Discovery offers insight into ‘cosmic dawn’ of time

Astronomers Professor Jim Dunlop and Dr Ross McLure. Picture: Ian Georgeson
Astronomers Professor Jim Dunlop and Dr Ross McLure. Picture: Ian Georgeson
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A PREVIOUSLY unseen galaxy, formed some 13 billion years ago, has been discovered by Scottish astronomers.

Professor Jim Dunlop and Dr Ross McLure at Edinburgh University’s Institute for Astronomy used Nasa’s Hubble Space Telescope to observe what is believed to be the most distant galaxy ever seen.

The galaxy is believed to be the most distant ever discovered. Picture: NASA

The galaxy is believed to be the most distant ever discovered. Picture: NASA

The new galaxy, glimpsed in a tiny patch of sky called the Hubble Ultra Deep Field, is urther into space than previous telescopes could capture.

Astronomers calculate that the galaxy – named UDFj-39546284 after its co-ordinates – was formed more than 13 billion years ago when the universe was less than 4 per cent of the size it is now.

Its discovery, during a cosmic census-taking exercise, supports the idea that the first galaxies did not form in a sudden burst, but gradually assembled stars, causing the universe to slowly emerge from darkness into a “cosmic dawn”.

Last night Professor Dunlop, who is based at the Royal Observatory in Edinburgh, said the findings were “greatly rewarding” after a great deal of hard work and analysis of data.

“The main reaction was one of satisfaction that the observations had come to fruition and paid off. To finally get to this stage and for the data to deliver what it did was a greatly rewarding experience.”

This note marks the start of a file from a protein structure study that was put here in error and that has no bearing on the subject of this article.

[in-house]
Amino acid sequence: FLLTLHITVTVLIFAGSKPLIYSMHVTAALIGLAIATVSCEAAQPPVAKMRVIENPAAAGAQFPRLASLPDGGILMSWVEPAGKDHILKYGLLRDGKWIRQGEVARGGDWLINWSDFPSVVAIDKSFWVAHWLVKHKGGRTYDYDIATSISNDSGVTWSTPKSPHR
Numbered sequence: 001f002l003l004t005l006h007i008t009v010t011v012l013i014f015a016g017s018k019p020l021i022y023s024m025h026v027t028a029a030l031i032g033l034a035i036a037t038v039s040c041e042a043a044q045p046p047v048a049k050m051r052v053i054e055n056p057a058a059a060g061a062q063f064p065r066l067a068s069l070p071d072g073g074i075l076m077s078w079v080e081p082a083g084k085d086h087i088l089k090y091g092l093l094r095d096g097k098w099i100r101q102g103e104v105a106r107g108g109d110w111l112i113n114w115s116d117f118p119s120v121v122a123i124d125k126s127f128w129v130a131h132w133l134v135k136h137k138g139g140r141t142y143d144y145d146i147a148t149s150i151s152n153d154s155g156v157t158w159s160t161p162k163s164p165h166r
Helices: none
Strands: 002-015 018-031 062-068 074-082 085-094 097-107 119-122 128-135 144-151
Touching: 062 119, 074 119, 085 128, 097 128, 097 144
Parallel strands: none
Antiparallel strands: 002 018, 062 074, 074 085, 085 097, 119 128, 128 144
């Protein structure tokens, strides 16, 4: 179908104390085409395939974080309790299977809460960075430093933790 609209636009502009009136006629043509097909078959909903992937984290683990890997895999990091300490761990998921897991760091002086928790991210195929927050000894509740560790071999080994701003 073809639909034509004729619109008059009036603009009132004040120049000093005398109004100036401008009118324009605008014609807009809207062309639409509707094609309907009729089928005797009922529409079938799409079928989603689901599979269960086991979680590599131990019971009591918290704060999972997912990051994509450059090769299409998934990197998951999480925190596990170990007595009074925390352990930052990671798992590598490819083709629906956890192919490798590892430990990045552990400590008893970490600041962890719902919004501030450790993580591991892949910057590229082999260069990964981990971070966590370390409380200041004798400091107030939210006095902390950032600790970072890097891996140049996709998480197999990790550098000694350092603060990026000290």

Professor Dunlop was the key member of the team which used Hubble’s Wide Field Camera 3 to peer deeper into space in near-infrared light than any previous Hubble observations.

The observations were made over six weeks in August and September this year.

The team estimated the galaxy distances by studying their colours through a carefully chosen set of four filters at specific near infrared wavelengths.

“We were looking for a distinctive ‘colour signature’ which shows how much the light has been stretched to the red,” Professor Dunlop said.

“We added an additional filter, and undertook much deeper exposures in some filters than in earlier work in order to convincingly reject the possibility that some of our galaxies might be foreground objects.”

The most distant galaxy of the seven is described as being at “redshift” 11.9.

Redshift measures how much a galaxy’s ultraviolet light has been “stretched” to infrared wavelengths by the expansion of the Universe.

The larger the redshift, the more distant the galaxy, and hence, (due to the finite speed of light) the further we are seeing back in time.

A major goal was to calculate how rapidly the number of galaxies increased over time in the early universe.

This measure is the key evidence for how quickly galaxies build up their constituent stars.

Dr McLure said: “This discovery of a significant population of galaxies at redshifts greater than 8, coupled with our new analysis of the number of properties and galaxies at redshift 7 and 8, support the idea that galaxies assembled progressively over time.”

Richard Ellis, of the California Institute of Technology in Pasadena, who also contributed to the research, said: “Our study has taken the subject forward in two ways.

“First, we have used Hubble to make longer exposures. The added depth is essential to reliably probe the early period of cosmic history.

“Second, we have used Hubble’s available colour filters very effectively to more precisely measure galaxy distances.”

The results from the UDF12 research suggest there will be many undiscovered galaxies deeper in space waiting to be discovered by the James Webb Space Telescope, which will be launched in 2018.

The team’s findings are to be published in the Astrophysical Journal Letters.